"For the past several years, Google has had and implemented clear and irrefutable policies, memorialized in writing and consistently implemented in practice, of systematically discriminating in favor [of] job applicants who are Hispanic, African American, or female, and against Caucasian and Asian men", the lawsuit claimed. The lawsuit was filed in a California court by Arne Wilberg, who worked at Google and YouTube for about nine years.
In his lawsuit, Wilberg, 40, also claims Google discriminated against him personally, firing him in November 2017 for his race and sex as a result of his complaints over the company's policies.
A Google spokesperson responded to the suit, releasing a statement to the Journal that read, "We have a clear policy to hire candidates based on their merit, not their identity".
Sources with knowledge of YouTube and Google's hiring practices "corroborated some of the lawsuit's allegations, including the hiring freeze of white and Asian technical employees, and YouTube's use of quotas", according to the Journal.
In January, James Damore, the engineer who was sacked after writing a screed against Google's diversity efforts, filed a lawsuit alleging discrimination against white people, men, and political conservatives. Last week, Tim Chevalier, a former engineer, sued Google for wrongful termination over pro-diversity comments he made criticizing white privilege.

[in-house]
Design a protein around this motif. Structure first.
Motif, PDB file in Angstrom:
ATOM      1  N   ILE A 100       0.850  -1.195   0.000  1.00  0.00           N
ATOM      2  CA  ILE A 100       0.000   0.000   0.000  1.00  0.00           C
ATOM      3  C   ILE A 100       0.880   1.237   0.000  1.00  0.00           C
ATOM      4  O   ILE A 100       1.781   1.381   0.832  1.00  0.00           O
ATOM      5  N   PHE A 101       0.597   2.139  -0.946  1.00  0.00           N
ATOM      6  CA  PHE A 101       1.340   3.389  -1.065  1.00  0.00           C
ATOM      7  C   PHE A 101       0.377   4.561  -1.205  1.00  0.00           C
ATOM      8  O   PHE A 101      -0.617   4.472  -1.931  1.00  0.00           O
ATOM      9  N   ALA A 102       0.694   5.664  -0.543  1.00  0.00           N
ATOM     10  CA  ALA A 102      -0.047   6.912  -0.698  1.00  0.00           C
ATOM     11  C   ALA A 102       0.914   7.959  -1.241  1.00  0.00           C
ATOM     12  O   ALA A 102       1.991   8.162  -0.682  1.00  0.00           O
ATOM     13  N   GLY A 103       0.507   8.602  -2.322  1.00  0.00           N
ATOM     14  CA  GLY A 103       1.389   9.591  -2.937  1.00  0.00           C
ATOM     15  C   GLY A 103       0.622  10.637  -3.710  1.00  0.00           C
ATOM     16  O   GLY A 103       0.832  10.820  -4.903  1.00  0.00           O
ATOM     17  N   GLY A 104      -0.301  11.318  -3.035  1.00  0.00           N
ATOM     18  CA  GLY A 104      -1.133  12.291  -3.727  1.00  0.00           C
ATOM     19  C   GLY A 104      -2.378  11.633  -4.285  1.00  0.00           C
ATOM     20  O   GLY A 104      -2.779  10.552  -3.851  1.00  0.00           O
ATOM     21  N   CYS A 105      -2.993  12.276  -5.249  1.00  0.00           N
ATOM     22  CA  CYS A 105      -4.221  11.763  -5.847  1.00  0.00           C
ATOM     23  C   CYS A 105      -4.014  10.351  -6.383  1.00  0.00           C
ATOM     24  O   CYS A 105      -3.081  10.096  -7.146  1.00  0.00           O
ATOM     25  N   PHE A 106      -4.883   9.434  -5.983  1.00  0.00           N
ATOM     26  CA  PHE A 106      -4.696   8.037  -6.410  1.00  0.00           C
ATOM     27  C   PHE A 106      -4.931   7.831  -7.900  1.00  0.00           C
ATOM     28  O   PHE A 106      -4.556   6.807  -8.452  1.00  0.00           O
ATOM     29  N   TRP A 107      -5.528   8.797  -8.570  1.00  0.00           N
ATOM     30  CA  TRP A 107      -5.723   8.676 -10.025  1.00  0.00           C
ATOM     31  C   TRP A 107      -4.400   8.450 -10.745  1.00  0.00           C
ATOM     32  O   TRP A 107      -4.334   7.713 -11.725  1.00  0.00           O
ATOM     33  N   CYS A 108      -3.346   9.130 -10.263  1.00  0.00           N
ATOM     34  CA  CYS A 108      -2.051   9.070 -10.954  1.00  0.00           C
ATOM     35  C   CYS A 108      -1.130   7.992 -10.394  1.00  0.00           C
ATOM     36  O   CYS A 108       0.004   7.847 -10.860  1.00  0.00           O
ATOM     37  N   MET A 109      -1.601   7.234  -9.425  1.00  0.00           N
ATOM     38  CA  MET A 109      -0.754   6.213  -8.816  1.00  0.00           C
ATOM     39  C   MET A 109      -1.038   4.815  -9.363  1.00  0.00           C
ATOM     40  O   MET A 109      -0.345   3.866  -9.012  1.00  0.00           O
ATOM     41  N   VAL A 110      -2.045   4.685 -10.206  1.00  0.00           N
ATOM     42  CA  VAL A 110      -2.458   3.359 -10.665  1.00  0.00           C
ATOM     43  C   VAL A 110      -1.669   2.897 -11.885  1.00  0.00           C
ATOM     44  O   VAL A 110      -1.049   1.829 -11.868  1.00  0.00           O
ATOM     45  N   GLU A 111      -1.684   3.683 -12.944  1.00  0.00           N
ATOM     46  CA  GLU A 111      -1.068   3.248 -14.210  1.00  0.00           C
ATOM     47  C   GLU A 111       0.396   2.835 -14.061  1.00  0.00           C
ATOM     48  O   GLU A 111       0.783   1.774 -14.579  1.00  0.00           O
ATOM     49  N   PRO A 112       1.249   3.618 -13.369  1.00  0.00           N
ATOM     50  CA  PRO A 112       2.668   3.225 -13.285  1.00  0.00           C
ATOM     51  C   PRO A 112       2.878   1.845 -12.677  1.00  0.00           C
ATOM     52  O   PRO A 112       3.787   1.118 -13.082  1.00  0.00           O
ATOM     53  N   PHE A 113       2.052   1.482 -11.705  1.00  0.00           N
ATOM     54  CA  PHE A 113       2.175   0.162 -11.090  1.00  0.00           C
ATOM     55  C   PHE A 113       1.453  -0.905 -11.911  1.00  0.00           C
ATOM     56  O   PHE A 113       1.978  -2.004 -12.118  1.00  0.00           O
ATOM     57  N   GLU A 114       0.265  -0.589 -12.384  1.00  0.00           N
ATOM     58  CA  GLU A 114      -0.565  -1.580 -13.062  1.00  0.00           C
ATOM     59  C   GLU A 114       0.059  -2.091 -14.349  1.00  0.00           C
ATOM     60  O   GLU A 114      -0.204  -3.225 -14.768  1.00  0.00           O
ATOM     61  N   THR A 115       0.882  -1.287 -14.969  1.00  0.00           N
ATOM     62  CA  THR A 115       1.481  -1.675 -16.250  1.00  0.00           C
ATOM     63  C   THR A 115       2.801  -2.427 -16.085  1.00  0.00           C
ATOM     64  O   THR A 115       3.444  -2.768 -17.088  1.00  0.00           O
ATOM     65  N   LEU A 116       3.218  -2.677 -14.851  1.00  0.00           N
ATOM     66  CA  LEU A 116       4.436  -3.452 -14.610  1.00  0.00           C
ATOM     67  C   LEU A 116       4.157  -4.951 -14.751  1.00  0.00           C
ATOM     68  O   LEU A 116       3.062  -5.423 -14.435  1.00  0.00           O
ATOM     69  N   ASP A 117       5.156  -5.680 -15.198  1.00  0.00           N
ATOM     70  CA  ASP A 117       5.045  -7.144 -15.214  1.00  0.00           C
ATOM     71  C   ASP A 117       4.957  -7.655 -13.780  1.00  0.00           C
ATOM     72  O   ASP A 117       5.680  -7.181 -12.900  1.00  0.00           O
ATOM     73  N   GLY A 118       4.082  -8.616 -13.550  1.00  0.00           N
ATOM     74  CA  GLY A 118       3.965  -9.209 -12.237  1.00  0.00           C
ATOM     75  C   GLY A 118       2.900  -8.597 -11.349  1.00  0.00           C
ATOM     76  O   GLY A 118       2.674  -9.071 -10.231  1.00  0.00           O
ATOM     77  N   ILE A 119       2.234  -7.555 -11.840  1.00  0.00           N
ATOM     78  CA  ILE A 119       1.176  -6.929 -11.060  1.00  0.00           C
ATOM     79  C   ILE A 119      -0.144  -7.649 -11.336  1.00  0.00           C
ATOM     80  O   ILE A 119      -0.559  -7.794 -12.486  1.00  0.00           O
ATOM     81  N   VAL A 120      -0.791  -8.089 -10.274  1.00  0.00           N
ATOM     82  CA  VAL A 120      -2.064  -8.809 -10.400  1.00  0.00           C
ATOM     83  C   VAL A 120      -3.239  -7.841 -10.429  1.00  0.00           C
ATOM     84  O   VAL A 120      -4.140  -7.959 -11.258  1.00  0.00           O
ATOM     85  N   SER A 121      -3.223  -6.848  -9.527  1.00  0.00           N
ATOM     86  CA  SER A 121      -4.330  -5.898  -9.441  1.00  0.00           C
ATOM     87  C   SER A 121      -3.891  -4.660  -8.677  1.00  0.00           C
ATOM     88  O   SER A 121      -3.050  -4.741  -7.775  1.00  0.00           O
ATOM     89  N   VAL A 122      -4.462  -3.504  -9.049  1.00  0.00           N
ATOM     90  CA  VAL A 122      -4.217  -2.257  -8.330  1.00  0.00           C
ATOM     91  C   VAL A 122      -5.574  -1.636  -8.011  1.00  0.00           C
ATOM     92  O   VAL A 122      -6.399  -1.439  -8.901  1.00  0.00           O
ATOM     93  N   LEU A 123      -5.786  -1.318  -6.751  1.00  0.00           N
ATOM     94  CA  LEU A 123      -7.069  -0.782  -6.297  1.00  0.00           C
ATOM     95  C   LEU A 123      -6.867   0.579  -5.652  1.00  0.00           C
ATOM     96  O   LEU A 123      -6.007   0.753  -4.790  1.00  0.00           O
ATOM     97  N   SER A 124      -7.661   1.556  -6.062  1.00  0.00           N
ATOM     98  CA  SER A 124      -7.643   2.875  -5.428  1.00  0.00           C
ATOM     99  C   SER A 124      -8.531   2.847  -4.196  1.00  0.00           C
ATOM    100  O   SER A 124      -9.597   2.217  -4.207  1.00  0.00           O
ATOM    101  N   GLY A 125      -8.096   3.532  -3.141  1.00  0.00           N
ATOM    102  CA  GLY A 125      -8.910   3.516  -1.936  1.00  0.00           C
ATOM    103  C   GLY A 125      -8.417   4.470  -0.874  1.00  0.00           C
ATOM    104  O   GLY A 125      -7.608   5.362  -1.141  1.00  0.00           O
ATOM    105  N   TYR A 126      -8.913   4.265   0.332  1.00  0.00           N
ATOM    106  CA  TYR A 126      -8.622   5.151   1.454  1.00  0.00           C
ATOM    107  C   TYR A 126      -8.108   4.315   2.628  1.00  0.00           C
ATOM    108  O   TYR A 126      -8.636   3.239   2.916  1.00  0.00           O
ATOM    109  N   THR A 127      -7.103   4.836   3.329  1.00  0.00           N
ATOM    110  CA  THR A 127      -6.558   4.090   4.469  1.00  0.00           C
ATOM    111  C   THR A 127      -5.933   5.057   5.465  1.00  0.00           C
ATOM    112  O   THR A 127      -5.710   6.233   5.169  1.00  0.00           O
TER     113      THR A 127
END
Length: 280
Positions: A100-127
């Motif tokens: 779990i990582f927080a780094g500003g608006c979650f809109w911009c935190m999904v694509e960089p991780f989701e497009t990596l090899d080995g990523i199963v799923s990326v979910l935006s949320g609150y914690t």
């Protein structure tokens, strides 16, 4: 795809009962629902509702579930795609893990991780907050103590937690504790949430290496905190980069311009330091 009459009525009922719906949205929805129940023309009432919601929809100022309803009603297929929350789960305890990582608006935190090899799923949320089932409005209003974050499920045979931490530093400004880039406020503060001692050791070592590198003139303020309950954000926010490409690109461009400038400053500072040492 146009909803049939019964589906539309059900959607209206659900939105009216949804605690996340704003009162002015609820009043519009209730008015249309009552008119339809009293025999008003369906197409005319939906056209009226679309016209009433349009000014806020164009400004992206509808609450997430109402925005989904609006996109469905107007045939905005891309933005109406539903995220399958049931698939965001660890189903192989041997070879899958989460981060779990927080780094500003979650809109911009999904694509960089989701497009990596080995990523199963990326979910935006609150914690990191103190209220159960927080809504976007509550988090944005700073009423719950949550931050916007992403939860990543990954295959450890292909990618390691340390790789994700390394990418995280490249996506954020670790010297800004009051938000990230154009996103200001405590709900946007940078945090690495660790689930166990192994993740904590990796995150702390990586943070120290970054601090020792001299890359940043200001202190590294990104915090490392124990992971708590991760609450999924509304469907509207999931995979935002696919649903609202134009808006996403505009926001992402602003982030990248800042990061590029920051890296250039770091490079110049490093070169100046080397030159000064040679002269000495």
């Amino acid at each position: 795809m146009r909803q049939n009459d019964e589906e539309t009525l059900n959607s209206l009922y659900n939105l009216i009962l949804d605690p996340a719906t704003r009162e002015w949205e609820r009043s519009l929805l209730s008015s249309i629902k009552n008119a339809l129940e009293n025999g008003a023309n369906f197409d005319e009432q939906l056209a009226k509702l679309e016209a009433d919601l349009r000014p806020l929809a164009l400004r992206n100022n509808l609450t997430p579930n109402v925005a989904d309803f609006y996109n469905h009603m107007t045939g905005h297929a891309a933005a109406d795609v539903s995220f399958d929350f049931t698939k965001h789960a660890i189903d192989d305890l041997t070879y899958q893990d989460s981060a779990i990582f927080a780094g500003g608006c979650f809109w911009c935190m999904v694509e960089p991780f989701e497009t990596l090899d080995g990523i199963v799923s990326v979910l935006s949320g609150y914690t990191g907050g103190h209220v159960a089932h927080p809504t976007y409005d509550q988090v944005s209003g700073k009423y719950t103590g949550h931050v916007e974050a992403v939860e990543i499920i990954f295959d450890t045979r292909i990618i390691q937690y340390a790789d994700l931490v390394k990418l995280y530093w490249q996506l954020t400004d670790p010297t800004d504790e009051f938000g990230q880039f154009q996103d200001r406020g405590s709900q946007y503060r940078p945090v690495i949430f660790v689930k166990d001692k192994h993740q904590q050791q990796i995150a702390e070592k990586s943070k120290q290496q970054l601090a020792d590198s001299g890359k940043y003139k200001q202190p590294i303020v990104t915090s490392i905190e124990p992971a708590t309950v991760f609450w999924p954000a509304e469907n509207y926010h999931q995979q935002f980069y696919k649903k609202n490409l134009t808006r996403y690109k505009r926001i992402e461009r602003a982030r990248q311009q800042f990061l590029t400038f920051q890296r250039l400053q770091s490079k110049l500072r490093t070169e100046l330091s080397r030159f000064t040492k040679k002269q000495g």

Senate Democrats Seek One More For Net Neutrality Vote
Last week the FCC published its reversal order in the Federal Register , a USA government website. So far, supporters of the resolution of disapproval say they have 150 votes.
The conflagration briefly engulfed Google's own offices, turning the workspace into a polarized war zone.
Damore, however, is still seeking to prove that Google discriminates against White conservative men with a class action lawsuit. Each of these new employees allegedly must have been from an underrepresented group, and recruiters used what was known as a "diversity tracker" to keep a count of the number of minorities hired.
Google is YouTube's parent company.
According to the suit, Wilberg's manager, Allison Alogna, told staff to cancel interviews with Level 3 software engineers (those with 0-5 years' experience) if they were not female, black, or Hispanic. This time, the plaintiff is a recruiter - someone who was actually responsible for carrying out Google's diversity initiatives, and who found them discriminatory.
Arne Wilberg worked at Google for almost a decade.